Most people assume that once they get dentures, they won’t have to worry about tooth pain. Unfortunately, some people experience atypical odontalgia, also known as phantom tooth pain. This malady develops after tooth extractions and similar procedures, though it is created by the nerves remaining in the gum rather than the dentures or remaining teeth.
Causes of Atypical Odontalgia
Currently, dentists do not know what causes atypical odontalgia. The American Academy of Oral Medicine and other research and non-profit organizations have conducted several studies on the condition. They have not discovered definitive causes as of yet, but they have determined several correlating factors that are present in those who contract it.
The current factors include a family history of atypical odontalgia, middle to old age, and female. Currently, there is no correlation among race, as most cases are fairly evenly spread. Several studies have found that individuals who experienced atypical odontalgia also suffered from depression and anxiety related disorders before pain’s onset. In most cases, it occurs within a short period of tooth extraction, root canals, or other procedures which temporarily expose the nerves within the gums and roots of the teeth.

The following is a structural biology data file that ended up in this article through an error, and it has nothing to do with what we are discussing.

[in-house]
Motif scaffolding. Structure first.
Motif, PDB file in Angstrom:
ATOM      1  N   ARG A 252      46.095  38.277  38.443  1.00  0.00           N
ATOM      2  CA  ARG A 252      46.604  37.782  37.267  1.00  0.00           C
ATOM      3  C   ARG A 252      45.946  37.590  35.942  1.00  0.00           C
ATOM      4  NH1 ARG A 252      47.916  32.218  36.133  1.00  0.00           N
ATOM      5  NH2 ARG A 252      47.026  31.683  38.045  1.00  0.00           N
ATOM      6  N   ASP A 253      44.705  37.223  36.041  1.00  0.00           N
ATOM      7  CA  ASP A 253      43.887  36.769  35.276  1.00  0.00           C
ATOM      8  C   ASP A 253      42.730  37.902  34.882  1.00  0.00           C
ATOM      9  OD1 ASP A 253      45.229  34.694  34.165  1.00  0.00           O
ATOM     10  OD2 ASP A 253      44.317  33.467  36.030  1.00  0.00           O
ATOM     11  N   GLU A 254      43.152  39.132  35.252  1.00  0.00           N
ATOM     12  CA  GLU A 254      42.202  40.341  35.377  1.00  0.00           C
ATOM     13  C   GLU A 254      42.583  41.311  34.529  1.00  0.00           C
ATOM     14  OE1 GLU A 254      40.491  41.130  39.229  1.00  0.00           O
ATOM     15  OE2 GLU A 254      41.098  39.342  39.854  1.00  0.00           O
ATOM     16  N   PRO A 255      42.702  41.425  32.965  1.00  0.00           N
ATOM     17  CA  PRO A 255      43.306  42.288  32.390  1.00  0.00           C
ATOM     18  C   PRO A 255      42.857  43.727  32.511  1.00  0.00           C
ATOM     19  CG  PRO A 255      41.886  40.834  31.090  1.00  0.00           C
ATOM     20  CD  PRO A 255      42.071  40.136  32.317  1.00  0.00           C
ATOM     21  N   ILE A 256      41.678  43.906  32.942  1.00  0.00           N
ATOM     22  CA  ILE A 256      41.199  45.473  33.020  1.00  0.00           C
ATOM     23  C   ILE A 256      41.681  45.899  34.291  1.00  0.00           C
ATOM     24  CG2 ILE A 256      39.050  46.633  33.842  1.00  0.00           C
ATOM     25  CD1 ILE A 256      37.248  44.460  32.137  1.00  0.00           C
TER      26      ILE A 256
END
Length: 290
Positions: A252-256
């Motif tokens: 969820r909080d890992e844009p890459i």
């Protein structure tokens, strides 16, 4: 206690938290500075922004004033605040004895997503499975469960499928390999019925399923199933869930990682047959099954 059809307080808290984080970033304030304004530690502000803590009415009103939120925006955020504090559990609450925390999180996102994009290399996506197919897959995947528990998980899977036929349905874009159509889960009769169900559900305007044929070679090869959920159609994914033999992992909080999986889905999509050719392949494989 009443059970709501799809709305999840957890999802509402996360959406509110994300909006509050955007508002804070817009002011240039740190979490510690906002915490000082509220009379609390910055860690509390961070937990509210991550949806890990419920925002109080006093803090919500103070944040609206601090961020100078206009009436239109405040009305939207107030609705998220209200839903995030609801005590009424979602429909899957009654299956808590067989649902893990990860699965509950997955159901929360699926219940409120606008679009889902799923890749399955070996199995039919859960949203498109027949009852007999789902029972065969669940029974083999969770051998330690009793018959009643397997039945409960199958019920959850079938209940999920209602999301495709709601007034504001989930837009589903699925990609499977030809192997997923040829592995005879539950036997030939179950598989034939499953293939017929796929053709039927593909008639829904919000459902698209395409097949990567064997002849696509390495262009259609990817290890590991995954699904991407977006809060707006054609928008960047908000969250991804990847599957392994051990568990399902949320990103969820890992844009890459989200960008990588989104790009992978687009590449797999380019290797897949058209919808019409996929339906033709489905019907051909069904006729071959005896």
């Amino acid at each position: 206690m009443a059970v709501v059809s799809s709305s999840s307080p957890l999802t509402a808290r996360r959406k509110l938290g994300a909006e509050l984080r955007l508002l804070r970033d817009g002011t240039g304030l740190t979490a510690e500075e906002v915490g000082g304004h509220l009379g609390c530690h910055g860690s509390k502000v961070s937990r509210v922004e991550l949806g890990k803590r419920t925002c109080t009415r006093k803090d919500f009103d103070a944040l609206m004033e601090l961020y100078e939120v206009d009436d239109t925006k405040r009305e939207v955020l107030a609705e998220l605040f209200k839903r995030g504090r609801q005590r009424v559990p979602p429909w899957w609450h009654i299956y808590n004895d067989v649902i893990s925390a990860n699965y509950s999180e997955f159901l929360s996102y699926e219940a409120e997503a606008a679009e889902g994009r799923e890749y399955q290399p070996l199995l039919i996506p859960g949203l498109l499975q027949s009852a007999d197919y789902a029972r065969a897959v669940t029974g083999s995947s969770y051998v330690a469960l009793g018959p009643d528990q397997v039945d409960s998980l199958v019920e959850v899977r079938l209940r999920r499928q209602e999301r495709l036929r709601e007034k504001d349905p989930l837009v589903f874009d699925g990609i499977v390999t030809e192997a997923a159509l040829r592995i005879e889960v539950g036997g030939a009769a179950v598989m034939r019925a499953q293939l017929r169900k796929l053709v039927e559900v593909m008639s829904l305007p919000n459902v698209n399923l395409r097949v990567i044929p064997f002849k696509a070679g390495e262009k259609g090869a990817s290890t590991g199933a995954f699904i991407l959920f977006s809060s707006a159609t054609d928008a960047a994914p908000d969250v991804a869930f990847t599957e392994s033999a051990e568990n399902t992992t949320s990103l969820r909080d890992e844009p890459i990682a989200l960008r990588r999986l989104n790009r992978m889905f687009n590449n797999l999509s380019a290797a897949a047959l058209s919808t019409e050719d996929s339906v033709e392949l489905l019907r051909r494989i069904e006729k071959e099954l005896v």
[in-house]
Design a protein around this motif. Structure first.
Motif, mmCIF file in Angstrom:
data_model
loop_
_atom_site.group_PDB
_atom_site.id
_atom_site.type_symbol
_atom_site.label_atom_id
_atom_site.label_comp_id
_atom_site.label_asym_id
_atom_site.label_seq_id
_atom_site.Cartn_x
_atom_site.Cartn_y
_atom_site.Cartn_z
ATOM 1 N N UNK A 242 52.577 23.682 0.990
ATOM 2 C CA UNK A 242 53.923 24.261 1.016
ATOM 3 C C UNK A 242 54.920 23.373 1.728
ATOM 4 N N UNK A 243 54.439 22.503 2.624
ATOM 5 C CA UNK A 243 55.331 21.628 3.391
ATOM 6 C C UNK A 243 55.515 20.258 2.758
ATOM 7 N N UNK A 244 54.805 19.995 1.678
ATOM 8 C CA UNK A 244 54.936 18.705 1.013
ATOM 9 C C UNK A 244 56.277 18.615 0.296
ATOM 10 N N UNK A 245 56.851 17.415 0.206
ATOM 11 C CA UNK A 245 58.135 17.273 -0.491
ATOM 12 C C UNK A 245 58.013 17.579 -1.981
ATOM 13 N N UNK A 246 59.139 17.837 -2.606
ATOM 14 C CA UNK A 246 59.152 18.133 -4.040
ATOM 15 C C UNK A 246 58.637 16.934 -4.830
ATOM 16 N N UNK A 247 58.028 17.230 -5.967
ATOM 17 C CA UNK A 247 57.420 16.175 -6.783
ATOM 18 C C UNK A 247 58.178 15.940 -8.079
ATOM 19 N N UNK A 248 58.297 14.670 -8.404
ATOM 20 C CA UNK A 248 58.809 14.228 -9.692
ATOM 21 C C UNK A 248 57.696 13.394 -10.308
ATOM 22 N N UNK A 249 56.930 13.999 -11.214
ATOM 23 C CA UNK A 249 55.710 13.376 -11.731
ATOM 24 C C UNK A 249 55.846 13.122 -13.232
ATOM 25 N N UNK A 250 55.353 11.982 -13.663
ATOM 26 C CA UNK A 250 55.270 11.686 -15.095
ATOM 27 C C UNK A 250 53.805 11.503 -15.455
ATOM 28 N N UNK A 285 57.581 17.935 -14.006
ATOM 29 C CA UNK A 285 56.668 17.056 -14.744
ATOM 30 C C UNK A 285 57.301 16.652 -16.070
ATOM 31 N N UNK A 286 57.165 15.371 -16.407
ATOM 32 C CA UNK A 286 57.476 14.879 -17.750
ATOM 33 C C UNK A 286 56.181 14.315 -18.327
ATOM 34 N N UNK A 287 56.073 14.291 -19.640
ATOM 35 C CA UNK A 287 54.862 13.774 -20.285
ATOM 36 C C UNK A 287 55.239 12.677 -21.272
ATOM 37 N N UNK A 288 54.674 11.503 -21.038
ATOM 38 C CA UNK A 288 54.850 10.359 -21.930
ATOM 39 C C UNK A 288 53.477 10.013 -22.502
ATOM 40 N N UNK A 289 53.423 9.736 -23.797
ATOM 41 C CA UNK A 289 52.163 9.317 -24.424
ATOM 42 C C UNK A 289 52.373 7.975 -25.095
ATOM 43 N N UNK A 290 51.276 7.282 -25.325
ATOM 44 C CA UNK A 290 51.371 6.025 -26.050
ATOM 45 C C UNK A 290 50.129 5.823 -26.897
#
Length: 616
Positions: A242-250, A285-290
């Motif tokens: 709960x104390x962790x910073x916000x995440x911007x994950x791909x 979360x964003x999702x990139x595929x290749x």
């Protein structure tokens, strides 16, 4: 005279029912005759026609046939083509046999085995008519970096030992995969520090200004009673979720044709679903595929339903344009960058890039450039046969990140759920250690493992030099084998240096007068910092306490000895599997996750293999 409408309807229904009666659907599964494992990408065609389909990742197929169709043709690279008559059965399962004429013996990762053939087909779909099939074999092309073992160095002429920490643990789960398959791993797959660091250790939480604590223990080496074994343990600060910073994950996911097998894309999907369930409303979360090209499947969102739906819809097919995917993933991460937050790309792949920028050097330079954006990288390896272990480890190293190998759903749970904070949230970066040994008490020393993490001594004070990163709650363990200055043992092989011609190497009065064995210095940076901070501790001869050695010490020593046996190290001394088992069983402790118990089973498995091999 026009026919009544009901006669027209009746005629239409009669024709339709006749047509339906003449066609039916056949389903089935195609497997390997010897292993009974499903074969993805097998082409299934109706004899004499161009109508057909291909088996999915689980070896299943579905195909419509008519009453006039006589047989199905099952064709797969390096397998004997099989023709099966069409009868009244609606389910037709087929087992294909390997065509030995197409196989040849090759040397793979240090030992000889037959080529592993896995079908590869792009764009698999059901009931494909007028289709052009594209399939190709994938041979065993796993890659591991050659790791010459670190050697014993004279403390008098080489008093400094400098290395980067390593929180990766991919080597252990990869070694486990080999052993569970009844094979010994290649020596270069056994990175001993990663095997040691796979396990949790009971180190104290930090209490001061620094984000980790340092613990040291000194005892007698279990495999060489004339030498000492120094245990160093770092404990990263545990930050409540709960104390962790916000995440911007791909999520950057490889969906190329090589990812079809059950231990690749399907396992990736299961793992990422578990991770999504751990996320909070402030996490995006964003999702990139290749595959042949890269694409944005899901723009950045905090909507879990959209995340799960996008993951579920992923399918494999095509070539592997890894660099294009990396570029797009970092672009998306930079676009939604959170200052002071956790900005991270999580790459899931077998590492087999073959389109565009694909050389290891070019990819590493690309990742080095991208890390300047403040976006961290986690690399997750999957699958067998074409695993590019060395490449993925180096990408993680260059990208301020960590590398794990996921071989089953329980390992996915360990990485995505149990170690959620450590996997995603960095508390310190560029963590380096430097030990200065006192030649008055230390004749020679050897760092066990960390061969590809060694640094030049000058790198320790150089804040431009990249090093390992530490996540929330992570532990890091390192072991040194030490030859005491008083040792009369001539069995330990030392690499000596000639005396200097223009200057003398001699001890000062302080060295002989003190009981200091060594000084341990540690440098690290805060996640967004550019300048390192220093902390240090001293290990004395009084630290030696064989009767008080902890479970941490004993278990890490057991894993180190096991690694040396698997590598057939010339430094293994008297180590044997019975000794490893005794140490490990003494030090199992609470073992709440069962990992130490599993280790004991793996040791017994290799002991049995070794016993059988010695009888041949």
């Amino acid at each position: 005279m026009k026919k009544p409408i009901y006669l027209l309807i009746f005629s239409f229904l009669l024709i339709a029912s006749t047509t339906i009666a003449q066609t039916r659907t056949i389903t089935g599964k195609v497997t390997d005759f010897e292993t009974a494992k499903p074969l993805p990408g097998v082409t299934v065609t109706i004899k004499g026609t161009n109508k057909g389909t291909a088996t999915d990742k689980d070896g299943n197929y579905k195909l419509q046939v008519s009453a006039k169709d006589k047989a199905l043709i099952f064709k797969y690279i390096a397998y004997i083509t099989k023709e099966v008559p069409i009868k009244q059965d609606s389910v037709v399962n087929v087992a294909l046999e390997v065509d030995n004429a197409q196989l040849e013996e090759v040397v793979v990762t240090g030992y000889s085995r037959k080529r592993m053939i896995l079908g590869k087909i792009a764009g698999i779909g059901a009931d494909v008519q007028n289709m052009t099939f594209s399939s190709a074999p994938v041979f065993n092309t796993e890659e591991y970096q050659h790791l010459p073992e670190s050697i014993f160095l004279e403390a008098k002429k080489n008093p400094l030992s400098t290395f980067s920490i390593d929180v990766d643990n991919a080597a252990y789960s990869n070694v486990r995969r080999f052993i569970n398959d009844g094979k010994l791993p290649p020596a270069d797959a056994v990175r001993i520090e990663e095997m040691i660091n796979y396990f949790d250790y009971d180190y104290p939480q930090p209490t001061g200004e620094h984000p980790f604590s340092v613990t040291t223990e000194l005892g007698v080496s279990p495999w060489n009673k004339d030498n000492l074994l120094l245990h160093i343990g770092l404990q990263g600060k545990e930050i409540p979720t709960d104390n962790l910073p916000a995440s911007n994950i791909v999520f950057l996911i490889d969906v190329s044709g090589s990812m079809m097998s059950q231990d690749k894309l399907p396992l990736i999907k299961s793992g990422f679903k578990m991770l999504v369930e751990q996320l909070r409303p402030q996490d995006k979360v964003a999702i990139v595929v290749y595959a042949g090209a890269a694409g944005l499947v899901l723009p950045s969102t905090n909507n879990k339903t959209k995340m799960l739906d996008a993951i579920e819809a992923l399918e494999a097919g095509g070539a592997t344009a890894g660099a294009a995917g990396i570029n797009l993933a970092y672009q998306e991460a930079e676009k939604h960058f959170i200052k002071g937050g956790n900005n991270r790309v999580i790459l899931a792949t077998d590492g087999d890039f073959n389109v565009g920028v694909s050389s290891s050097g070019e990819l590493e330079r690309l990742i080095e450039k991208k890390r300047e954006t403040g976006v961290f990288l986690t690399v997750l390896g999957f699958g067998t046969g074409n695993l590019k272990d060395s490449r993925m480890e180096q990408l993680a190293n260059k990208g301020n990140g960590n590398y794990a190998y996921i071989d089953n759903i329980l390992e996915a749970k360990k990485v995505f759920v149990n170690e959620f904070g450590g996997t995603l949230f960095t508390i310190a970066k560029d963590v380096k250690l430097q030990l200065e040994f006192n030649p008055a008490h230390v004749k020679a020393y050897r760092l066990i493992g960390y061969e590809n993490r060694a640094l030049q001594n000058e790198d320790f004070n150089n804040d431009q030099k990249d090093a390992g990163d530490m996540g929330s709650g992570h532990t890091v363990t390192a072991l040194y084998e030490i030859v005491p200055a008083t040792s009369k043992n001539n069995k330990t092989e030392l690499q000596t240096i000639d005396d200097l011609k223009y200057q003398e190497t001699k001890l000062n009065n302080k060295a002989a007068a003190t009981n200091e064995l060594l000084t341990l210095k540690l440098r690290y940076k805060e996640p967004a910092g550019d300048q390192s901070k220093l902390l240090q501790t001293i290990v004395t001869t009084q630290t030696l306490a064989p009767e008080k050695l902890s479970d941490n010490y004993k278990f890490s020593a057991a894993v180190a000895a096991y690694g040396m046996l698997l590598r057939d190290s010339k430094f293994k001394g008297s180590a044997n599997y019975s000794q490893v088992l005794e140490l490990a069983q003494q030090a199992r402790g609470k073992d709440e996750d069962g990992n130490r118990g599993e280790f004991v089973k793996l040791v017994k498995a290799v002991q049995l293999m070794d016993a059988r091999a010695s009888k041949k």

Despite not knowing what causes atypical odontalgia, researchers have determined that it results from a “short circuiting” of the nerves. This causes the nerves to cause painful sensations as if the teeth were still present in the jaw. Sometimes it goes beyond the jaw to affect the face and neck as well. It functions in a similar fashion to phantom pain in missing limbs.
Treatment for Atypical Odontalgia
Currently, there is no cure for atypical odontalgia. In many cases, it goes away on its own after a few days or weeks. In some cases, it does not. It is typically diagnosed after all other options have been considered and no other cause has been determined. Once it is diagnosed, the traditional treatment is a pain management prescription. The most effective medications are tricyclic antidepressants, gabapentin, or baclofen.
For most patients, the condition fades with continued use of pain medications. The pain medications themselves do not always remove the pain, but they do make it manageable.
However, just because atypical odontalgia cannot be cured does not mean that a patient should not speak to his dentist if he is struggling with pain. It’s not uncommon to experience some minor discomfort after receiving new dentures since the mouth is getting used to them, but atypical odontalgia goes far beyond that. It starts off small and then increases for some while others experience sharp toothache like pains right from the start. A dentist can get the patient started on pain prescriptions to reduce the pain and also to ensure that there are no other reasons. Additionally, new cases and diagnoses of atypical odontalgia brings researchers closer to finding a more effective and comprehensive cure.